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May 16, 2019

Insights Into Breast Cancer in the East vs the West: A Review

Author Affiliations
  • 1Division of Medical Oncology, National Cancer Centre Singapore, Singapore
  • 2Department of Oncology, National Taiwan University Hospital, Taipei, Taiwan
  • 3Department of Breast and Medical Oncology, National Cancer Center Hospital, Tokyo, Japan
  • 4Breast Division, Department of Surgery, Samsung Medical Center, Seoul, South Korea
  • 5Department of Radiology, Samsung Medical Center, Seoul, South Korea
  • 6Division of Hematology-Oncology, Department of Medicine, Samsung Medical Center, Seoul, South Korea
  • 7Department of Breast Surgery, Fudan University Shanghai Cancer Center, Shanghai, China
  • 8Breast Surgery, Graduate School of Medicine, Kyoto University, Kyoto, Japan
  • 9Department of Haematology-Oncology, National University Cancer Institute, Singapore
  • 10Cancer Science Institute, National University of Singapore, Singapore
JAMA Oncol. 2019;5(10):1489-1496. doi:10.1001/jamaoncol.2019.0620
Key Points

Question  What are the differences in breast cancer between the East and the West?

Findings  In this review of breast cancer in East Asia, a greater proportion of breast cancers occur in younger women, and a higher frequency of luminal B subtype and TP53 mutations and a more immune-active microenvironment have been reported than in the West. The spectra of germline mutations and single-nucleotide polymorphisms contributing to breast cancer risk vary with ethnicity. Differences in tolerability of certain cytotoxic and targeted agents and other phenotypic characteristics may also influence treatment and imaging considerations.

Meaning  Further research on ethnic diversity related to breast cancer is needed to help refine prevention, diagnostic, and management strategies.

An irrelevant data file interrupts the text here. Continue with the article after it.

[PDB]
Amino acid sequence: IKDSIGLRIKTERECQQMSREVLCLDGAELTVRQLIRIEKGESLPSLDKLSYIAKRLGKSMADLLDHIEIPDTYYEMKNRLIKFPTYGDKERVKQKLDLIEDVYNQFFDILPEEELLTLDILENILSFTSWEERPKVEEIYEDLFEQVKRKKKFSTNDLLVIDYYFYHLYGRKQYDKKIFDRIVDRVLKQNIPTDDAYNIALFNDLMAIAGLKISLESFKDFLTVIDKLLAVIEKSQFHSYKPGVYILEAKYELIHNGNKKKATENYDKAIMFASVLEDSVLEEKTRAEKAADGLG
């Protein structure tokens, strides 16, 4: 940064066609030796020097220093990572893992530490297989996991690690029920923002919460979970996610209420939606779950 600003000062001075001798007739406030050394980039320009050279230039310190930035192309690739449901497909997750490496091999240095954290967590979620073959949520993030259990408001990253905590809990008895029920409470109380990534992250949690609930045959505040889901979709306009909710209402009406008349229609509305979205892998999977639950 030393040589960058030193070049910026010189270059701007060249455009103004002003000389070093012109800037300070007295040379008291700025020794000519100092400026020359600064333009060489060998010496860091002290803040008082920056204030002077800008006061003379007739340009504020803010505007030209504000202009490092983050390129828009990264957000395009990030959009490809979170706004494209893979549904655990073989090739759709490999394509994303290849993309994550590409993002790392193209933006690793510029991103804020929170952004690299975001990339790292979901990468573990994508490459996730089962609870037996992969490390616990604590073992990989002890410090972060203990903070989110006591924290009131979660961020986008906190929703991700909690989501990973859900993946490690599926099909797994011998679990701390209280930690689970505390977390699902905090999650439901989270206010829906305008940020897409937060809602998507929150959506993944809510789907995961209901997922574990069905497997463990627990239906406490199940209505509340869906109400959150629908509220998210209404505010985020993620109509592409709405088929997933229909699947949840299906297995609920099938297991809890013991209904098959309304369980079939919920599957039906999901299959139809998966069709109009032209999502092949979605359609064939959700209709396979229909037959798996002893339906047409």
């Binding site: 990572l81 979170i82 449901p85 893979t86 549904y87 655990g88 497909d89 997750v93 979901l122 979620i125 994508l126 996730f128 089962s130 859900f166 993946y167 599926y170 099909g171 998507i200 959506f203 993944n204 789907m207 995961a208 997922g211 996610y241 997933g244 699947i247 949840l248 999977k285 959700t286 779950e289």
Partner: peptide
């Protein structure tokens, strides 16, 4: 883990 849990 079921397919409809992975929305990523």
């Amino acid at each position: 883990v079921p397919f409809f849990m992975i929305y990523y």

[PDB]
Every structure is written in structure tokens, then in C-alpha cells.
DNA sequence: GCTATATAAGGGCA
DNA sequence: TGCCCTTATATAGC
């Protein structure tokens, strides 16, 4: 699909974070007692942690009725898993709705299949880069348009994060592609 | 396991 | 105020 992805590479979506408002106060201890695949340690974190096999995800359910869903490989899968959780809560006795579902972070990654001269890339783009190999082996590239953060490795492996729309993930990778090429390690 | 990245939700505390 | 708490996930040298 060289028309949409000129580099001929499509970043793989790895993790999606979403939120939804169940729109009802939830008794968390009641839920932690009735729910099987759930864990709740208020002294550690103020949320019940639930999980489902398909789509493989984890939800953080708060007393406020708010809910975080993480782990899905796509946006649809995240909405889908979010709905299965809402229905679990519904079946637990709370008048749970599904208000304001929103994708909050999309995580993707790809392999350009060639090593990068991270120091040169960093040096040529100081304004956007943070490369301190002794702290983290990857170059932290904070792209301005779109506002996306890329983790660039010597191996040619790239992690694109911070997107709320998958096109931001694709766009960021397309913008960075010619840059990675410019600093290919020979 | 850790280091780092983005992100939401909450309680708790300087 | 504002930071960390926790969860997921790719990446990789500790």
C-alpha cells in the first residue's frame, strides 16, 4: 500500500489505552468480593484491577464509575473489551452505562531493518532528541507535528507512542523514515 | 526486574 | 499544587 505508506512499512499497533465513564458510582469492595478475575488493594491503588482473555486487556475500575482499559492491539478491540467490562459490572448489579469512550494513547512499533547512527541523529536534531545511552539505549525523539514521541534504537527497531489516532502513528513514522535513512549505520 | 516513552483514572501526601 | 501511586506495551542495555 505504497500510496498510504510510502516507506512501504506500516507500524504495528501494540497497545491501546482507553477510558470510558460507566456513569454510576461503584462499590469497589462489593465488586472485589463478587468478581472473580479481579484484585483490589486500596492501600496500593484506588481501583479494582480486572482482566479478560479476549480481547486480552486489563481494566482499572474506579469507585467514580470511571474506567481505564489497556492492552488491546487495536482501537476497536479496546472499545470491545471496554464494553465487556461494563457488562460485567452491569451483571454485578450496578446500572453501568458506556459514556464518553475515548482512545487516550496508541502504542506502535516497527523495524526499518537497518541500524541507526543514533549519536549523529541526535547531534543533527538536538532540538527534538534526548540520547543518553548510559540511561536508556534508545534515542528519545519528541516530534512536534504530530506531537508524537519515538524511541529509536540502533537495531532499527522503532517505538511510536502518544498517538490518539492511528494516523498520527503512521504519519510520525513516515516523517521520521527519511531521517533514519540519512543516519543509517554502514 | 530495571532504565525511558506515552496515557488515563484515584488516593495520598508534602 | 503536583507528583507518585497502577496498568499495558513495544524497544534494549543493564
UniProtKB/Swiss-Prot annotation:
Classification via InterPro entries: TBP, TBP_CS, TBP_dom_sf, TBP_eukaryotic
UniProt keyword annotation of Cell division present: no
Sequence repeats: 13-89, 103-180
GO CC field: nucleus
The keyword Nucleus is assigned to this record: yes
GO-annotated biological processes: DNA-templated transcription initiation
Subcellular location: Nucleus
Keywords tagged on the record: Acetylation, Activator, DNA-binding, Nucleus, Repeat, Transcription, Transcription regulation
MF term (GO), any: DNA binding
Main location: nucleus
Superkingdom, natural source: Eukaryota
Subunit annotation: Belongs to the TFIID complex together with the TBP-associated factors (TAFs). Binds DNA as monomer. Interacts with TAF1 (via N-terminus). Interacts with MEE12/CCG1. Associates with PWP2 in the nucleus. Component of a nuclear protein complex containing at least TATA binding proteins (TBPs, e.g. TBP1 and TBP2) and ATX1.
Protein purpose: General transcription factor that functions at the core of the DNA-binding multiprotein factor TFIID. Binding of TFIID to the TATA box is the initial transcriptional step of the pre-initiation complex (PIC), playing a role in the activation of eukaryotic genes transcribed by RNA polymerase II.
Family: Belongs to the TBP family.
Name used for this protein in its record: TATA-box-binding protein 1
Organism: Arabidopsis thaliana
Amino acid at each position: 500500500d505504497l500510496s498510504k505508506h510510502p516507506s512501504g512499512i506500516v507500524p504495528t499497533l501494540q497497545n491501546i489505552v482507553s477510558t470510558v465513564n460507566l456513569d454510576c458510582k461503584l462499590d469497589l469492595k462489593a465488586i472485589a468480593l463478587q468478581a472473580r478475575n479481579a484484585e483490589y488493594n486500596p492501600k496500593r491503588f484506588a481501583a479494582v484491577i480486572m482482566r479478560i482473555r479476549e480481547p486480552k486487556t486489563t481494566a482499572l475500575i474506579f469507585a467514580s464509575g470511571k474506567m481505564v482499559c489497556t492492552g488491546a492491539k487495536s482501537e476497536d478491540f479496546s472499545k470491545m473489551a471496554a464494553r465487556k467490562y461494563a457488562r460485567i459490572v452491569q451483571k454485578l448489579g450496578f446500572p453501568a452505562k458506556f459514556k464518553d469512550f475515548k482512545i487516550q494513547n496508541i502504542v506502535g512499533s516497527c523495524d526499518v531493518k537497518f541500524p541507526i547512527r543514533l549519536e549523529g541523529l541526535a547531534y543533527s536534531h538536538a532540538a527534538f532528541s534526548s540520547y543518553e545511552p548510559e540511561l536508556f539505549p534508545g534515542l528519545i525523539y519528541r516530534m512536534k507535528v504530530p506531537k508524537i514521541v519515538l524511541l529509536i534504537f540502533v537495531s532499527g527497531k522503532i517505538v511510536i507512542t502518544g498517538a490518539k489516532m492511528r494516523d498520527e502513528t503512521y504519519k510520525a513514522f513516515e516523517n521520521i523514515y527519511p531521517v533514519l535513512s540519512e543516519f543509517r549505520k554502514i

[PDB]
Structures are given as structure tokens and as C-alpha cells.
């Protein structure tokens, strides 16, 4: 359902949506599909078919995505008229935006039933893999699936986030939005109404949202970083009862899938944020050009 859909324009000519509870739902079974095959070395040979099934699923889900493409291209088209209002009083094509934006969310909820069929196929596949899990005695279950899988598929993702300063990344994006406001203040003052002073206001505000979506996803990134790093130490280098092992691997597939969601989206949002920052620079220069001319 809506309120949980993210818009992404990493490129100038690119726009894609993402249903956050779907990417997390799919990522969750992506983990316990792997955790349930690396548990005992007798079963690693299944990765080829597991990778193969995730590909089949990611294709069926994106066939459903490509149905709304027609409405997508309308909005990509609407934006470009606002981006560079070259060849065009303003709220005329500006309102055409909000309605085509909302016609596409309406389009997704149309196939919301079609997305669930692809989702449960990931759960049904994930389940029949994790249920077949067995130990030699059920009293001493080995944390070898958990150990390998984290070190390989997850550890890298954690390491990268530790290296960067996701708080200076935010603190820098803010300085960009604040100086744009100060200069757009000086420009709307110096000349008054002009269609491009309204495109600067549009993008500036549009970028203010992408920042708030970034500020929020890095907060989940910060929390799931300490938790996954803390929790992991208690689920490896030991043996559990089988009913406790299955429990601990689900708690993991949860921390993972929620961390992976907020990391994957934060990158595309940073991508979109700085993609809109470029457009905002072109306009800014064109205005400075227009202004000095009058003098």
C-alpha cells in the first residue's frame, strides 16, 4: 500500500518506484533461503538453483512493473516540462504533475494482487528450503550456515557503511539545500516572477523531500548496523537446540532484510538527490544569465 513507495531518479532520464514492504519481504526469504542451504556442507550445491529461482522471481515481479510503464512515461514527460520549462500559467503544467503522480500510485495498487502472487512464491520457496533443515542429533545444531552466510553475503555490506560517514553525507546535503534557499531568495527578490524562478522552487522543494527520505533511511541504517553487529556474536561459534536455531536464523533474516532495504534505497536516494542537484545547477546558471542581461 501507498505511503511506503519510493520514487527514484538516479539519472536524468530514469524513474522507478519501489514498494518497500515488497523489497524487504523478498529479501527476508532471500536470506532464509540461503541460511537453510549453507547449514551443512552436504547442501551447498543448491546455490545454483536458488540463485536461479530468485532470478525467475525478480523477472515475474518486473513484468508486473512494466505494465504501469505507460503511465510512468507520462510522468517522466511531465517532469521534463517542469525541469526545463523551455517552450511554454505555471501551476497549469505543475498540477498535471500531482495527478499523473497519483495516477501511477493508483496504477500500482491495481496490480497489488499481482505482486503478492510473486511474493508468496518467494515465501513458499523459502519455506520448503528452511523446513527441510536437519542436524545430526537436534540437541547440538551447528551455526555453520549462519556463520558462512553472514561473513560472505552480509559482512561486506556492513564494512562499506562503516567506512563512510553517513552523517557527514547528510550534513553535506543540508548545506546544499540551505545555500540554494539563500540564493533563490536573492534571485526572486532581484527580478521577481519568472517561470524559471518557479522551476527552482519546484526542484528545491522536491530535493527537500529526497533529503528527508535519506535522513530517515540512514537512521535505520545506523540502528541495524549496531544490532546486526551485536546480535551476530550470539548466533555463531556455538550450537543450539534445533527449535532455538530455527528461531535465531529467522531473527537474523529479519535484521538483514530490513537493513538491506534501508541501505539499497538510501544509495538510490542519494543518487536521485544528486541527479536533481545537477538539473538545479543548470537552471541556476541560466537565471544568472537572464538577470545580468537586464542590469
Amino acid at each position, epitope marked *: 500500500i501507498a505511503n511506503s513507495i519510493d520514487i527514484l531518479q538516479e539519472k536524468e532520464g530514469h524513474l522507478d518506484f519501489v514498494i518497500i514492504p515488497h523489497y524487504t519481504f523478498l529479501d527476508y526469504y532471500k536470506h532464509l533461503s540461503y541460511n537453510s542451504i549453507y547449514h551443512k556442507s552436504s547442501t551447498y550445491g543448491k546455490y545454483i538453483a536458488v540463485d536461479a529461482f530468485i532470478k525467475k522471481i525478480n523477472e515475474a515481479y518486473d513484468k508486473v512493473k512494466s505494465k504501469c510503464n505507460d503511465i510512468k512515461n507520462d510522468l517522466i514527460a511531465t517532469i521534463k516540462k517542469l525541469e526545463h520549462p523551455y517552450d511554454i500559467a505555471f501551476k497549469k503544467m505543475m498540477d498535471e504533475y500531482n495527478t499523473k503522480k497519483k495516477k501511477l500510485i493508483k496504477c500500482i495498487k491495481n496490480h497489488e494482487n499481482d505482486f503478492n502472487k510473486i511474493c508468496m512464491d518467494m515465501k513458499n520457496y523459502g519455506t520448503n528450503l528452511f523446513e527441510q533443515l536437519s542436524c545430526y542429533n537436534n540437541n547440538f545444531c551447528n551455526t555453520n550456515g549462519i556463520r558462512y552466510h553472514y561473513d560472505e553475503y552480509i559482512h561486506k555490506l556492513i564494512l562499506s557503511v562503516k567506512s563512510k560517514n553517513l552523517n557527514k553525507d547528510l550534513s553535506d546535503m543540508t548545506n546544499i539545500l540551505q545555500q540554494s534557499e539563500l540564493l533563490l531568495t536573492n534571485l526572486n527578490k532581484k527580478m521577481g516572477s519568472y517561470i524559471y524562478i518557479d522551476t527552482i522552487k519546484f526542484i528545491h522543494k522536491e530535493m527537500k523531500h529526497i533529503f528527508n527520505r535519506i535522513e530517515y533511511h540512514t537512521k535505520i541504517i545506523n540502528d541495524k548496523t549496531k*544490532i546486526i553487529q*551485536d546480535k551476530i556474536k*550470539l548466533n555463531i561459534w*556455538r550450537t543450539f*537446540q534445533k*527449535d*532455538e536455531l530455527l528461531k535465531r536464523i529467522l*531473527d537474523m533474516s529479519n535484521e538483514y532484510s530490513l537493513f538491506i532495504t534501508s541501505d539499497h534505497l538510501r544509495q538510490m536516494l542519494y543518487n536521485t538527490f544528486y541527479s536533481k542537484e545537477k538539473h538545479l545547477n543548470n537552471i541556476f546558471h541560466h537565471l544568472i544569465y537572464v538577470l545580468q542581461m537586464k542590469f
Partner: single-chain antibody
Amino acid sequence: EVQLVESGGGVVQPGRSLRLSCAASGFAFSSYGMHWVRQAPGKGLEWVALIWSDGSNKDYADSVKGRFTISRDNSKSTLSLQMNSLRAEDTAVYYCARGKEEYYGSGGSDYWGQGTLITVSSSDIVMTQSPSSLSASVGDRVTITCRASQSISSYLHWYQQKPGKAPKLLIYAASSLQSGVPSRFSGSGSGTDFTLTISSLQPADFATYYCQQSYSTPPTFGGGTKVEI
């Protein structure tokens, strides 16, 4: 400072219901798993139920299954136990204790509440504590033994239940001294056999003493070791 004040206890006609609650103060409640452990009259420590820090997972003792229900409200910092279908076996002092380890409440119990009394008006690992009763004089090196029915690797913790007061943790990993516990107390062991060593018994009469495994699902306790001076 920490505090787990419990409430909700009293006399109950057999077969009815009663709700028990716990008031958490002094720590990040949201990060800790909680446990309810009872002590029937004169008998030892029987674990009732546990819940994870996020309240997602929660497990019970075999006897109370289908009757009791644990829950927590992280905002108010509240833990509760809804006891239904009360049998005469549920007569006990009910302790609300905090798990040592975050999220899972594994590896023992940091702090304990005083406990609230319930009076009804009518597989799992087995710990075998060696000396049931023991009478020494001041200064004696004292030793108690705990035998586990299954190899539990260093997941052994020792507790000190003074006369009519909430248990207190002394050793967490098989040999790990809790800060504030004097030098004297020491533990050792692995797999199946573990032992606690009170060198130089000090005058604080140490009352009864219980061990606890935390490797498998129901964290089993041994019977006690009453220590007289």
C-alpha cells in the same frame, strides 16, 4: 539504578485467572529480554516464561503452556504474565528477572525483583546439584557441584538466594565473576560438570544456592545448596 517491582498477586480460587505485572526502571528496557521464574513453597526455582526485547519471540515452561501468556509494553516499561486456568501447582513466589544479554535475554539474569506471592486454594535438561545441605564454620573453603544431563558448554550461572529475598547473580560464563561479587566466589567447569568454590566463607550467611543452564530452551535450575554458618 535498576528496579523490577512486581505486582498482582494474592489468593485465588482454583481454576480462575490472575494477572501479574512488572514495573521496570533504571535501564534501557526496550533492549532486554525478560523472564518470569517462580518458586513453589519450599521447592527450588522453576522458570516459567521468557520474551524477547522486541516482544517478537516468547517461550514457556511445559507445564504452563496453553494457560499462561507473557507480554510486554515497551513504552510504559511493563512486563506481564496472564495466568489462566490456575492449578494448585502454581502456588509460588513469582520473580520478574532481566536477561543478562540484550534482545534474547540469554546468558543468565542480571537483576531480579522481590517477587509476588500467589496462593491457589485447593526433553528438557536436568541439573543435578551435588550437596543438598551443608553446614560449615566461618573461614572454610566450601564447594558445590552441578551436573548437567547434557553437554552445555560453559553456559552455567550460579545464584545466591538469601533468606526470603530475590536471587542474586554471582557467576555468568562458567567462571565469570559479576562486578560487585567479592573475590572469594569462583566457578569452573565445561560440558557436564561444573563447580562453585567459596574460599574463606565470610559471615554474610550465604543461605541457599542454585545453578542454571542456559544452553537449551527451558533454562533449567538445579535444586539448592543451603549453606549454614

Importance  During the past few decades, the incidence of breast cancer (BC) has been increasing rapidly in East Asia, and BC is currently the most common cancer in several countries. The rising incidence is likely related to changing lifestyle and environmental factors in addition to the increase in early diagnosis with BC awareness and screening. The understanding and management of BC are generally based on research and data from the West. However, emerging differences in BC epidemiology and tumor and host biology in Asian populations may be clinically relevant.

Observations  A higher proportion of premenopausal BCs occur in Asia, although this factor is possibly an age-cohort effect. Although the relative frequencies of different immunohistochemical subtypes of BC may be similar between the East and West, the higher prevalence of luminal B subtypes with more frequent mutations in TP53 may be confounded by disparities in early detection. In addition, Asian BCs appear to harbor a more immune-active microenvironment than BCs in the West. The spectra of germline mutations in BC predisposition genes and single-nucleotide polymorphisms contributing to BC risk vary with ethnicity as well. Differences in tolerability of certain cytotoxic and targeted agents used in BC treatment may be associated with pharmacogenomic factors, whereas the lower body mass of the average woman in East Asia may contribute to higher toxicities from drugs administered at fixed doses. Phenotypic characteristics, such as lower breast volume, may influence the type of surgery performed in East Asian women. On the other hand, increased breast density may affect the sensitivity of mammography in detecting BCs, limiting the benefits of screening mammography.

Conclusions and Relevance  Breast cancer has become a major health problem in Asia. The inclusion of more women from Asia in clinical trials and epidemiologic and translational studies may help unravel the interethnic heterogeneity of BCs and elucidate the complex interplay between environmental and intrinsic factors in its pathogenesis. These insights may help to refine prevention, diagnosis, and management strategies for BC in the setting of ethnic diversity.

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